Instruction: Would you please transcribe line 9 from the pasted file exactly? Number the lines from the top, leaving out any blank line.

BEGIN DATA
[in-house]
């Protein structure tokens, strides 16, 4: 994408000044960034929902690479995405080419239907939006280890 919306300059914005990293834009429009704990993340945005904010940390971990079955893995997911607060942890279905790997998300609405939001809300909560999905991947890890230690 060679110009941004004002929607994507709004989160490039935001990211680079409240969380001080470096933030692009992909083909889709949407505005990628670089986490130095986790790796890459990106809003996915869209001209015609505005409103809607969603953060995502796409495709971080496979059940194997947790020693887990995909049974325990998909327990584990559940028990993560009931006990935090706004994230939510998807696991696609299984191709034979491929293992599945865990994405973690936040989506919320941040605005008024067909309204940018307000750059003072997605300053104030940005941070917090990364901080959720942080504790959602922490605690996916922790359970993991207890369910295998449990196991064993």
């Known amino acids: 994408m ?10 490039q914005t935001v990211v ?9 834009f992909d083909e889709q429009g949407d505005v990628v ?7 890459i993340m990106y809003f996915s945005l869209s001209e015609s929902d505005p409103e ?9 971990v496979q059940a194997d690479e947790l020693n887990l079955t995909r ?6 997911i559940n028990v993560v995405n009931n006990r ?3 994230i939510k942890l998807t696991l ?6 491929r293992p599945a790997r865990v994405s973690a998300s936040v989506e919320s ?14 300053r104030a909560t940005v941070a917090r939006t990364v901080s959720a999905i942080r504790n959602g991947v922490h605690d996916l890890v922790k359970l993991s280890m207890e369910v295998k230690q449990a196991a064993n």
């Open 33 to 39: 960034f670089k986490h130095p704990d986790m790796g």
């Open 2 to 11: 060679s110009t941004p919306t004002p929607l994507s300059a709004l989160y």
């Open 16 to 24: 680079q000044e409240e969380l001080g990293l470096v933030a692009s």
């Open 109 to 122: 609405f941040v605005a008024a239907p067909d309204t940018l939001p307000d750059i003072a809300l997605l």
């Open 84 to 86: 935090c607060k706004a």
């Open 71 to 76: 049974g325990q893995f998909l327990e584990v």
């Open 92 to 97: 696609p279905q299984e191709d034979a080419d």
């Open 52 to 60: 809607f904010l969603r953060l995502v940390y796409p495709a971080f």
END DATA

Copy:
């Open 71 to 76: 049974g325990q893995f998909l327990e584990v």